This week IDTechEx is holding its first event dedicated to Photovoltaic (PV) technologies beyond conventional silicon. It covers the increasing work on CIGS, CdTe, Organic PV and many other chemistry devices, offering benefits over conventional silicon PV such as cost, weight and ease of installation.
The first day of the event on Tuesday this week was attended by over 200 attendees from 12 countries. On Monday, June 16, there were tours to NREL, the organization which benchmarks PV technologies, and to Infinite Power Solutions, a company working on energy harvesting using their rechargeable batteries. IPS showed attendees their production facilities which are due to come online shortly which will enable the manufacture of 30 million thin film rechargeable batteries per year initially.
Keynote speakers at the event included Boeing Spectrolab, a company wholly owned by Boeing, focusing on multi junction PV cells using gallium based PV devices, with record 40%+ efficiencies verified by NREL. These have been used to power capsules in space, and Dr Nasser Karam spoke of their work to make these terrestrially available, claiming they have now shown efficiencies over 41% using concentrator technologies, yet to be verified by NREL.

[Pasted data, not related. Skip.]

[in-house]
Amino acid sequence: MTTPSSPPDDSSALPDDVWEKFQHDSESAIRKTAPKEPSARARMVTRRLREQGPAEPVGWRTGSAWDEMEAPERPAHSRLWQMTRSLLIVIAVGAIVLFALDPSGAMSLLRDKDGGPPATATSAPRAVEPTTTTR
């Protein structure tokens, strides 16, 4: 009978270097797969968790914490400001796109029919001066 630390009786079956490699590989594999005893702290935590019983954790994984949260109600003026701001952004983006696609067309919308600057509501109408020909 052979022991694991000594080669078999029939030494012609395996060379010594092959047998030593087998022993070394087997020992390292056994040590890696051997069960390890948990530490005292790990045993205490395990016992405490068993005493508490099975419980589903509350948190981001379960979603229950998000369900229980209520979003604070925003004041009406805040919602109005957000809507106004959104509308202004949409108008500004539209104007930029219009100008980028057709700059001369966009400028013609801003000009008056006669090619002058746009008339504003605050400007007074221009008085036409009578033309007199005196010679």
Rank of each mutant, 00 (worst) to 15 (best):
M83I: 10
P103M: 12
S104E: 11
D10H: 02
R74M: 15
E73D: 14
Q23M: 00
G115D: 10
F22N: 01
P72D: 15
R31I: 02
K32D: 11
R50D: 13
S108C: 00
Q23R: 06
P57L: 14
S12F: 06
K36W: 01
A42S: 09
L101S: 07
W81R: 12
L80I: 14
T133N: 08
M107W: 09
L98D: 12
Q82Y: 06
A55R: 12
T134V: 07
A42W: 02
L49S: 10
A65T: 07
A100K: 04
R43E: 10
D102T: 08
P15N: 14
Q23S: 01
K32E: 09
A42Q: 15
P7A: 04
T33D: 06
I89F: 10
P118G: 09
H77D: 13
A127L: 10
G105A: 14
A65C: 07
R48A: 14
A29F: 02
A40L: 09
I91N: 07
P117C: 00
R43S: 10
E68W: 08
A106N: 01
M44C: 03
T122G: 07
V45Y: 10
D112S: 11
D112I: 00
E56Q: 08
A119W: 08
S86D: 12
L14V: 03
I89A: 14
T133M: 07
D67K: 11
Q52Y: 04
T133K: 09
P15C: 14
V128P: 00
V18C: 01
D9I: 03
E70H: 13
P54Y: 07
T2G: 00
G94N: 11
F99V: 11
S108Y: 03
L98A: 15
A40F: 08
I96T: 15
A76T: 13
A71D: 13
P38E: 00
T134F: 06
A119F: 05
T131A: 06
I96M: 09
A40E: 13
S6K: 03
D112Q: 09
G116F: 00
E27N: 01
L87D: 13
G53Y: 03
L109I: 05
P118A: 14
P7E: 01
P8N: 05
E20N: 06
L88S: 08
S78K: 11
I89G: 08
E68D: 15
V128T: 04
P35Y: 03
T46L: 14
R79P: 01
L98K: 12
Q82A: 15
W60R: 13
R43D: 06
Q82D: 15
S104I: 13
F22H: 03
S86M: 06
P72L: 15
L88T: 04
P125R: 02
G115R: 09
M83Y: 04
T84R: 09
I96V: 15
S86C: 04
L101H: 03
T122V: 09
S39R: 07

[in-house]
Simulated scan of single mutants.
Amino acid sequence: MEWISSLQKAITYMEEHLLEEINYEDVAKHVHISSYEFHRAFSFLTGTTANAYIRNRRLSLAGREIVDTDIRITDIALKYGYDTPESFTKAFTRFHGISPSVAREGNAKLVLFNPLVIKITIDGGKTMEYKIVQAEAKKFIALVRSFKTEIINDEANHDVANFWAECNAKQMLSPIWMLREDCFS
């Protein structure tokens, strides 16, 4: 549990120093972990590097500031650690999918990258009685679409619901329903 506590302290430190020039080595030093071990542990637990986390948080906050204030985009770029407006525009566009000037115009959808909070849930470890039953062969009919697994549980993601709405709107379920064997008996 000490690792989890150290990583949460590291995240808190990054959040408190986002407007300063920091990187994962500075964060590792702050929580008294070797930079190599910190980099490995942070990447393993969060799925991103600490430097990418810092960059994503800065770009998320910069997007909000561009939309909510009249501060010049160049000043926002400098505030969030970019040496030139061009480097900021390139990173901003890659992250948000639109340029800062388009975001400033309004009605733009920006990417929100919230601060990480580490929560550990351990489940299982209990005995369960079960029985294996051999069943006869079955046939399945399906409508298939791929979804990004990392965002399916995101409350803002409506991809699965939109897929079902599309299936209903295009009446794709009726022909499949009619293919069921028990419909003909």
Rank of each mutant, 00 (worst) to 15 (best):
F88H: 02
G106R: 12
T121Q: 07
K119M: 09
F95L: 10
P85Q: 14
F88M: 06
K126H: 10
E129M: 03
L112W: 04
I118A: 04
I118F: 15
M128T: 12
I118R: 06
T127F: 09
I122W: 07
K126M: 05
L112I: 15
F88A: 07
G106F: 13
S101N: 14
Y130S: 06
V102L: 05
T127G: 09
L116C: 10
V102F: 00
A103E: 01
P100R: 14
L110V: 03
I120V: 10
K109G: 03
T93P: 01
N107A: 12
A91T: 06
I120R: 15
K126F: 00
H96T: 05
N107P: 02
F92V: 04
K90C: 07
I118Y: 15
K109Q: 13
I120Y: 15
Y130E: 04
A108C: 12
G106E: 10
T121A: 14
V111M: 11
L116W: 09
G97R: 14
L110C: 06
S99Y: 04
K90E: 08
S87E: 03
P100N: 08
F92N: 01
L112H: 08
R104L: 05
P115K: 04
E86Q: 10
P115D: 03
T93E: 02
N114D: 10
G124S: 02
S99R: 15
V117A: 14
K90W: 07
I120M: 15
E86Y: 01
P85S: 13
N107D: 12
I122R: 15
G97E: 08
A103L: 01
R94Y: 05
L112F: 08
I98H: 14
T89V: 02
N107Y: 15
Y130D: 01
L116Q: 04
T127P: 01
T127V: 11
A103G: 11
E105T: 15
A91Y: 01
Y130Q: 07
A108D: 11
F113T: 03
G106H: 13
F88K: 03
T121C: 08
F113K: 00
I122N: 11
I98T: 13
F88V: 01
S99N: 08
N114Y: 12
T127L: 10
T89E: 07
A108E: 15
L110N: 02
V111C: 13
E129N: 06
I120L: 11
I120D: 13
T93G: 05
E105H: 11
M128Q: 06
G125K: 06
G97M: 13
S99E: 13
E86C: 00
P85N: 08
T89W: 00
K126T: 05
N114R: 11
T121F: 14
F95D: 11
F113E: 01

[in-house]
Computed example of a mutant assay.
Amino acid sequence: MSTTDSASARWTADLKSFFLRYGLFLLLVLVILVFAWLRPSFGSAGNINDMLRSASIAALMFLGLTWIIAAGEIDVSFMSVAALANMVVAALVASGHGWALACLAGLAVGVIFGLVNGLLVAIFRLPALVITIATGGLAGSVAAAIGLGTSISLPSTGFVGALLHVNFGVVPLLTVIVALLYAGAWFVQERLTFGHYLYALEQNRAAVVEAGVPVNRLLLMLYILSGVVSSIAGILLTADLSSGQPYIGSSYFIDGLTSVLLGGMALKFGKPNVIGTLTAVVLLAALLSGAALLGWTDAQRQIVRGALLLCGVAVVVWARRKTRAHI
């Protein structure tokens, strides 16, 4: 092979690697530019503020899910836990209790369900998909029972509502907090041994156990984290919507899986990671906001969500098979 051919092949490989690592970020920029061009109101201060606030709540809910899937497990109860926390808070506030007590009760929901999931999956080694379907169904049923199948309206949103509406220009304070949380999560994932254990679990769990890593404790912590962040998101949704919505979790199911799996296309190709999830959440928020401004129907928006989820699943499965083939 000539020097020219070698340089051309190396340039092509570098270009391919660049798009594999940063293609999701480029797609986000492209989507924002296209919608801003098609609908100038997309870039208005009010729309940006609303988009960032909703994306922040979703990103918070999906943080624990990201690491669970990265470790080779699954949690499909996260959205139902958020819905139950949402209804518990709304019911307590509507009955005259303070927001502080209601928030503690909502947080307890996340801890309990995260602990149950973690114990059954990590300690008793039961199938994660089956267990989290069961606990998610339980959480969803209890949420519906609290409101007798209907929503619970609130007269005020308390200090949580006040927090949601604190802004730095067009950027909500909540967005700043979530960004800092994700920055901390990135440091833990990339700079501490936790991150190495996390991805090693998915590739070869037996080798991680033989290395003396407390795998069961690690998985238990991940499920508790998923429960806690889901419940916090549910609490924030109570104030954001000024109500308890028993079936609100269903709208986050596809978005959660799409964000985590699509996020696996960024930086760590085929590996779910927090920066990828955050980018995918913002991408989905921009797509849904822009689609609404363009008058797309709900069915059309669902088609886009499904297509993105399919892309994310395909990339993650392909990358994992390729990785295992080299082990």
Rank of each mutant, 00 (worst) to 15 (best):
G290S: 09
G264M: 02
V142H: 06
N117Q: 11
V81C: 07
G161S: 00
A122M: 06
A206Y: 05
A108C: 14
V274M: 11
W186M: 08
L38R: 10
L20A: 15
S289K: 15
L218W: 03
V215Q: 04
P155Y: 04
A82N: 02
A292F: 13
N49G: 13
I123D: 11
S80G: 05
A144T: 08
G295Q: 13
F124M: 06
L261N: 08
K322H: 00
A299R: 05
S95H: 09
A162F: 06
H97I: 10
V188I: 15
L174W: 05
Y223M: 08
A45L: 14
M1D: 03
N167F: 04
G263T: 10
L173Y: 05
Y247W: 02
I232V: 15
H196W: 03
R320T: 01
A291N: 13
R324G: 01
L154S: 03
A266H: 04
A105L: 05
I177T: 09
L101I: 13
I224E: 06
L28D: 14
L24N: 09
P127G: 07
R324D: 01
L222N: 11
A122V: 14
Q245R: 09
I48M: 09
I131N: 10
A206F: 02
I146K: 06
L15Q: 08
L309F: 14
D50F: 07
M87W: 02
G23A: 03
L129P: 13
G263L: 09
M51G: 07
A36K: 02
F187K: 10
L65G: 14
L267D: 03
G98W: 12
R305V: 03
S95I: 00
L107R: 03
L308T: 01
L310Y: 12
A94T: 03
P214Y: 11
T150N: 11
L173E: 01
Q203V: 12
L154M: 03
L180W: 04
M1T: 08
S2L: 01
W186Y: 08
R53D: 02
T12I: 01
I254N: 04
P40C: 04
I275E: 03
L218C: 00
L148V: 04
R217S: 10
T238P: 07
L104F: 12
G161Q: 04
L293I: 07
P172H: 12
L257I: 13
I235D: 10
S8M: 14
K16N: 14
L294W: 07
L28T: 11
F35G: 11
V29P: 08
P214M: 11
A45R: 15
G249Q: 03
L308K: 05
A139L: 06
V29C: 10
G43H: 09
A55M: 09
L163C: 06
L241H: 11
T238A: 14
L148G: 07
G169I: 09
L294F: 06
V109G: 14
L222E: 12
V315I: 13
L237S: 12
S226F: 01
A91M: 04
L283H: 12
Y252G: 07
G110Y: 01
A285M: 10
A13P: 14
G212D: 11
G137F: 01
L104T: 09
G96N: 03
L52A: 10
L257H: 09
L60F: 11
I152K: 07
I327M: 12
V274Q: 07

Dr Jack Bacon of NASA spoke of their stringent needs and challenges of PV in the space industry.
Dr Troy Hammond of Plextronics announced the introduction of its ink systems for organic solar cells. Developed around its record-setting photovoltaic technology, the company is releasing two versions of its Plexcore® PV ink system for use in research applications. The company is already scheduled to fulfill multiple orders for Plexcore® PV ink by the end of June.
Speakers from Arizona State University (ASU), Stanford and MIT covered new developments with organic PV. For example, MIT discussed their work combining organic PV layers with CIGS layers to enable PV efficiencies of 14.5%.
The first day of the event also featured a panel of investors and experts covering the outlook for PV technologies and investment opportunities. Subra Narayan or Kodak's venture capital division reported that since 2001 to the end of 2007 $2 Billion has been invested by ventures capitalists into PV companies, and of that $1.2 Billion was invested in 2007 alone. Of the 39 companies that receive venture capital investment in 2007, 28 were focussed on thin film PV. Investors saw PV reaching grid parity cost levels by 2011 to 2015.
Further news from the event will be covered in Printed Electronics World.